By Michelle Werts

Grenoble, France
Grenoble, France. Credit: Richard Stowey/Flickr

I’m dreaming of a white Christmas … and I may have to keep dreaming if the unusually warm temperatures of the past week continue into the rest of the month. And while I know that warm temperatures do not equal climate change evidence exactly, it does feel appropriate on a balmy December day — at least here in D.C. — that we discuss a few recent reports of conditions affecting our climate.

Let’s start with the newest global carbon dioxide output numbers — exciting, I know. Global Carbon Project released its newest emissions numbers in 2011, which show that worldwide CO2 emissions grew by 3.1 percent last year and are expected to grow another 2.6 percent this year. To put this in perspective, if the estimates for this year hold true, global carbon dioxide emissions will be 58 percent above the emissions rate two decades ago! China and India represent two of the biggest leaps in emissions this year, while the U.S. actually dropped its emissions by 1.8 percent. Yay for us, but don’t break out the bubbly just yet, as the authors of the report reveal that if immediate action isn’t taken to alter global emissions from their current trend lines, the international goal of limiting a global temperature rise to 3.6 degrees Fahrenheit or less is going to become unattainable.

Alas, CO2 emissions aren’t the only thing that can contribute to warmer temperatures according to another recent study. The mountain pine beetle infestation that is ravaging North America’s western forests is causing temperatures to rise — and not just in ire. In a new Nature Geoscience report, scientists reveal that forest areas of British Columbia that are affected by the beetle are seeing surface temperatures one degree Celsius higher on average in the summer months. Analyzing data from 1999 to 2010, the report’s authors found that bark beetle infested areas of British Columbia are also experiencing:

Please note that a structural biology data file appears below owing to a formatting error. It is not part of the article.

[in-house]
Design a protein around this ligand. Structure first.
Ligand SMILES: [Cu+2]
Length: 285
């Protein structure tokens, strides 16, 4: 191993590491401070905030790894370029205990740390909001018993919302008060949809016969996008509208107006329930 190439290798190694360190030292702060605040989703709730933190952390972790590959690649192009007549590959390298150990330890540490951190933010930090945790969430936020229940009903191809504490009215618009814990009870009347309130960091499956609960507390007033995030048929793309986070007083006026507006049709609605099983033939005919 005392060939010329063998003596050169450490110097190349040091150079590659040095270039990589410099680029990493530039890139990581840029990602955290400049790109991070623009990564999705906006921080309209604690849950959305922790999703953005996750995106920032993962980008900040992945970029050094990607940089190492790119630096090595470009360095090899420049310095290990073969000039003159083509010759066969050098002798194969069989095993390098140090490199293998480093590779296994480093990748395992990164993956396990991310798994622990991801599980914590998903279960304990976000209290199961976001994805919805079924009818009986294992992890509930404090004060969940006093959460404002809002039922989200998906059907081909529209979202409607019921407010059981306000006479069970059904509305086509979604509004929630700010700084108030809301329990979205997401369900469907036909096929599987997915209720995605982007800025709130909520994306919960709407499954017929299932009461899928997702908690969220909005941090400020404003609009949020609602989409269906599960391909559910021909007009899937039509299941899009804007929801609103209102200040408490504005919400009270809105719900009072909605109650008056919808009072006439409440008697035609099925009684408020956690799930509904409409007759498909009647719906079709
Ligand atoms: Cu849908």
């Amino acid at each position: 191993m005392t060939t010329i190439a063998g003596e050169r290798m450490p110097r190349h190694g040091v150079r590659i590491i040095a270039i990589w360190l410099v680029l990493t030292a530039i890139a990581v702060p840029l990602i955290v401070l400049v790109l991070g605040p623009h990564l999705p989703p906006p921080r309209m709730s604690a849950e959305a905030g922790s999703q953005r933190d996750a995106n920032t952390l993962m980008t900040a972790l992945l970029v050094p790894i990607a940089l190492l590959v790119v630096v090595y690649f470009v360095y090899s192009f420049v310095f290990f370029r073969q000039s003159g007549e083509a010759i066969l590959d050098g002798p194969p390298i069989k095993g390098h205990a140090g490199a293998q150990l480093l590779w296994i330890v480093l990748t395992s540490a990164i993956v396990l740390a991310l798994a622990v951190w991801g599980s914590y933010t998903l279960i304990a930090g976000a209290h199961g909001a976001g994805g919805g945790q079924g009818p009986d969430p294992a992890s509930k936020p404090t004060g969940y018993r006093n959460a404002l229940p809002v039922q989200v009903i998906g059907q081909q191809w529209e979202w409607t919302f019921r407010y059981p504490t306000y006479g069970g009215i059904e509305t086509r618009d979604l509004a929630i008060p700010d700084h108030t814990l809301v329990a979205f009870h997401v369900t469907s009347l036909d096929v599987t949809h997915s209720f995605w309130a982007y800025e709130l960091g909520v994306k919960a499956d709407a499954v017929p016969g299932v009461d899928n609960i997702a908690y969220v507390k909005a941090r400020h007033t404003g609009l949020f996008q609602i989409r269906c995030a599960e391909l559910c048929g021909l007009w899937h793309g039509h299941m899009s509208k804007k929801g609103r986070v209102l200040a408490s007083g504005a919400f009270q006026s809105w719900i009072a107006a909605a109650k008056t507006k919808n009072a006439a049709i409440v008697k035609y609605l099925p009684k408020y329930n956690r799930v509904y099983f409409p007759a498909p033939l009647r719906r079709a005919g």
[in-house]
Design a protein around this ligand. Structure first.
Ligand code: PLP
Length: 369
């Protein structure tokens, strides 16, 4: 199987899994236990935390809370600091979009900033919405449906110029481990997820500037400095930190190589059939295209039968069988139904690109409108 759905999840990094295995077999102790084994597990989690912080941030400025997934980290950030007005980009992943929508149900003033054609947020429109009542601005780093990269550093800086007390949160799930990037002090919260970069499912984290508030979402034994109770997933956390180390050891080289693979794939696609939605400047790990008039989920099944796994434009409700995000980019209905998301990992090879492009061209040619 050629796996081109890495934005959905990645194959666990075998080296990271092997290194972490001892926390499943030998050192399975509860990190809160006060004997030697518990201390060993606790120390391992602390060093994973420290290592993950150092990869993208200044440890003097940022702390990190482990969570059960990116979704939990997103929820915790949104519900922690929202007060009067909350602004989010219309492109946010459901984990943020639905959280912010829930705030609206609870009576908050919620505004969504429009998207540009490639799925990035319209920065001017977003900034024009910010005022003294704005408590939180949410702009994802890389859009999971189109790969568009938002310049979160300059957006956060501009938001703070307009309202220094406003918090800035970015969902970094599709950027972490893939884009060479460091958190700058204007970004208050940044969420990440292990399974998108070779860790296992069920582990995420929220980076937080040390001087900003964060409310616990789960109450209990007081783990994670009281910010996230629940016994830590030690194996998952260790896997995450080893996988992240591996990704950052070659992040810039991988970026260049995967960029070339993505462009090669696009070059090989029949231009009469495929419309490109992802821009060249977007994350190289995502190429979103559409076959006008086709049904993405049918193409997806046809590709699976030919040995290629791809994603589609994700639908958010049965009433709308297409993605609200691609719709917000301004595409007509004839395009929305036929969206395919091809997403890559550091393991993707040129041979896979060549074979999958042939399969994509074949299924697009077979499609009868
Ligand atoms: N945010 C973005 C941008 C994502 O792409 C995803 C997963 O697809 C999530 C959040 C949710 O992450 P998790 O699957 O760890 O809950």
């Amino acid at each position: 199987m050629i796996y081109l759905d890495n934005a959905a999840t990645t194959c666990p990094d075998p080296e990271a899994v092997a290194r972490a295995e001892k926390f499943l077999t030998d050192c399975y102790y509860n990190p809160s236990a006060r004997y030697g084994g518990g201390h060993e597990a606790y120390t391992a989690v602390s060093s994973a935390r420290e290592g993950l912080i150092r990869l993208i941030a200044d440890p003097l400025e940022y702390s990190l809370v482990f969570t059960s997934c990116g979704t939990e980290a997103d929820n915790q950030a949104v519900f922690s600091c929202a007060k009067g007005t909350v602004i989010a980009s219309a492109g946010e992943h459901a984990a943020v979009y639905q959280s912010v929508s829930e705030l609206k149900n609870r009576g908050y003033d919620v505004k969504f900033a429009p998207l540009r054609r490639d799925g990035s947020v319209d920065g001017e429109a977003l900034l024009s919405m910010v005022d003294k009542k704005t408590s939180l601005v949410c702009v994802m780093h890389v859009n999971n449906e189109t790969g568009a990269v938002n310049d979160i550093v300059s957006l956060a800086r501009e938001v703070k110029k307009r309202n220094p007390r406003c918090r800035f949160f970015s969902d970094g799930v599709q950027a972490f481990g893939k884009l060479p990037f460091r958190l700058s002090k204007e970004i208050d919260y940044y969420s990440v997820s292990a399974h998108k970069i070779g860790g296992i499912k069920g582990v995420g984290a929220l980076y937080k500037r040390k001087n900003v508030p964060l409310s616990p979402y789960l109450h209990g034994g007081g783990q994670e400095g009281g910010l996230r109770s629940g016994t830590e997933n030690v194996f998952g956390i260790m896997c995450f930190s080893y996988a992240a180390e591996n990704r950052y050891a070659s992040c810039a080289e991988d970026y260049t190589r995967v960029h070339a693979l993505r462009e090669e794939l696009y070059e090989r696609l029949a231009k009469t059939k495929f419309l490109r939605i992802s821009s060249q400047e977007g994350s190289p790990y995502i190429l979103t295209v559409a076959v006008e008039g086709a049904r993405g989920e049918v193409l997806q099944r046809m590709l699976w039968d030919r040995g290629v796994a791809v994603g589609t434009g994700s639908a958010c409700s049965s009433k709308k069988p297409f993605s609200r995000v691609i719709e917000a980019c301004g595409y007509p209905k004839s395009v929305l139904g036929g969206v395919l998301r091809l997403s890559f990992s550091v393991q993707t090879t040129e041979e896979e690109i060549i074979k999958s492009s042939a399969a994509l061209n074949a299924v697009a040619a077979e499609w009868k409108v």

British Columbia, Canada
British Columbia, Canada. Credit: Steven Tomsic/Flickr
  • A sensible heat flux increase of eight percent — in other words, the amount of heat radiating from the earth into the atmosphere has increased by eight percent.
  • An evapotranspiration decrease in the summer months of 19 percent — 19 percent less water going from the ground and/or vegetation to the air.

Approximately 42.2 million acres in British Columbia have been infected by the beetle, and in the U.S., another 41.7 million acres of western forest is estimated to be dead or dying. That’s a lot of land mass that could experience increased temperatures due to loss of forest cover.

So maybe I shouldn’t be dreaming of a white Christmas, but instead, some Christmas miracles of reducing carbon emissions and a slowdown in beetle populations and destruction. Oh, Bing, where are you and a catchy song about that?